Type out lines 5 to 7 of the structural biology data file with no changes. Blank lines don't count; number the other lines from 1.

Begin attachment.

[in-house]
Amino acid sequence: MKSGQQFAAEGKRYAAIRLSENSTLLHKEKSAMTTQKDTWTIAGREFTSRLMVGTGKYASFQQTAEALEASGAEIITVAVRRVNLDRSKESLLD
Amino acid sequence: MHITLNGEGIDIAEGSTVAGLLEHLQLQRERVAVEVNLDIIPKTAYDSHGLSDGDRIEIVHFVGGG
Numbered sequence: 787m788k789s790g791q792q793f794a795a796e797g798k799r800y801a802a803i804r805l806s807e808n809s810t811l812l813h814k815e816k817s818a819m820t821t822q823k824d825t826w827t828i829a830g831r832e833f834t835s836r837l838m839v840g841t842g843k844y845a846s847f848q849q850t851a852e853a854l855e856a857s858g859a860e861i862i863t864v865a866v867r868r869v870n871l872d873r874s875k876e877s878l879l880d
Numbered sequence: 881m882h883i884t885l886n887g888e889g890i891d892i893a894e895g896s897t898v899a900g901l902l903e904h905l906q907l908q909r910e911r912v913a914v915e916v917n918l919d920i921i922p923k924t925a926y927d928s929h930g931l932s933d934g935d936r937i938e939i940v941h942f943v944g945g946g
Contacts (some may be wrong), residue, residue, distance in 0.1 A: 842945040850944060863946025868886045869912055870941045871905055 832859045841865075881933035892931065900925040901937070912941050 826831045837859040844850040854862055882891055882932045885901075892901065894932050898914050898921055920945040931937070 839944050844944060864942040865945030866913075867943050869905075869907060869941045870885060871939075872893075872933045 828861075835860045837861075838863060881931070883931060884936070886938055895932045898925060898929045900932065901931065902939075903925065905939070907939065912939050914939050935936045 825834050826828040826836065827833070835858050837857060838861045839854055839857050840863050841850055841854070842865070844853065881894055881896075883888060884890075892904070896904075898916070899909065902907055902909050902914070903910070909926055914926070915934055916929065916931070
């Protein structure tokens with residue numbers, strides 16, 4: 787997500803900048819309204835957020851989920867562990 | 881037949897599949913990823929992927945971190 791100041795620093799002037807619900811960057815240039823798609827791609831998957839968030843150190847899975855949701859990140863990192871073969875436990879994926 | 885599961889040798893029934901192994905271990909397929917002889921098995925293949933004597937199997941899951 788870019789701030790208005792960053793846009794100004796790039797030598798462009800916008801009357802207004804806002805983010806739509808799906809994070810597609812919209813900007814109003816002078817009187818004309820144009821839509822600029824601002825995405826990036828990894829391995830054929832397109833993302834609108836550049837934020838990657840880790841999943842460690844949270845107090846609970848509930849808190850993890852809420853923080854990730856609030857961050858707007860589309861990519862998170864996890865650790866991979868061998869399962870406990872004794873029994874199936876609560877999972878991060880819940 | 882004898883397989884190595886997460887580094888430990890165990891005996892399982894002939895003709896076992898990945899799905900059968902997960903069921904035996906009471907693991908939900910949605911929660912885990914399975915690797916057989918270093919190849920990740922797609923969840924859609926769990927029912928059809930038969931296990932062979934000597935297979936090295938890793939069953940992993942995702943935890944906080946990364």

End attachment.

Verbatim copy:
Numbered sequence: 881m882h883i884t885l886n887g888e889g890i891d892i893a894e895g896s897t898v899a900g901l902l903e904h905l906q907l908q909r910e911r912v913a914v915e916v917n918l919d920i921i922p923k924t925a926y927d928s929h930g931l932s933d934g935d936r937i938e939i940v941h942f943v944g945g946g
Contacts (some may be wrong), residue, residue, distance in 0.1 A: 842945040850944060863946025868886045869912055870941045871905055 832859045841865075881933035892931065900925040901937070912941050 826831045837859040844850040854862055882891055882932045885901075892901065894932050898914050898921055920945040931937070 839944050844944060864942040865945030866913075867943050869905075869907060869941045870885060871939075872893075872933045 828861075835860045837861075838863060881931070883931060884936070886938055895932045898925060898929045900932065901931065902939075903925065905939070907939065912939050914939050935936045 825834050826828040826836065827833070835858050837857060838861045839854055839857050840863050841850055841854070842865070844853065881894055881896075883888060884890075892904070896904075898916070899909065902907055902909050902914070903910070909926055914926070915934055916929065916931070
């Protein structure tokens with residue numbers, strides 16, 4: 787997500803900048819309204835957020851989920867562990 | 881037949897599949913990823929992927945971190 791100041795620093799002037807619900811960057815240039823798609827791609831998957839968030843150190847899975855949701859990140863990192871073969875436990879994926 | 885599961889040798893029934901192994905271990909397929917002889921098995925293949933004597937199997941899951 788870019789701030790208005792960053793846009794100004796790039797030598798462009800916008801009357802207004804806002805983010806739509808799906809994070810597609812919209813900007814109003816002078817009187818004309820144009821839509822600029824601002825995405826990036828990894829391995830054929832397109833993302834609108836550049837934020838990657840880790841999943842460690844949270845107090846609970848509930849808190850993890852809420853923080854990730856609030857961050858707007860589309861990519862998170864996890865650790866991979868061998869399962870406990872004794873029994874199936876609560877999972878991060880819940 | 882004898883397989884190595886997460887580094888430990890165990891005996892399982894002939895003709896076992898990945899799905900059968902997960903069921904035996906009471907693991908939900910949605911929660912885990914399975915690797916057989918270093919190849920990740922797609923969840924859609926769990927029912928059809930038969931296990932062979934000597935297979936090295938890793939069953940992993942995702943935890944906080946990364």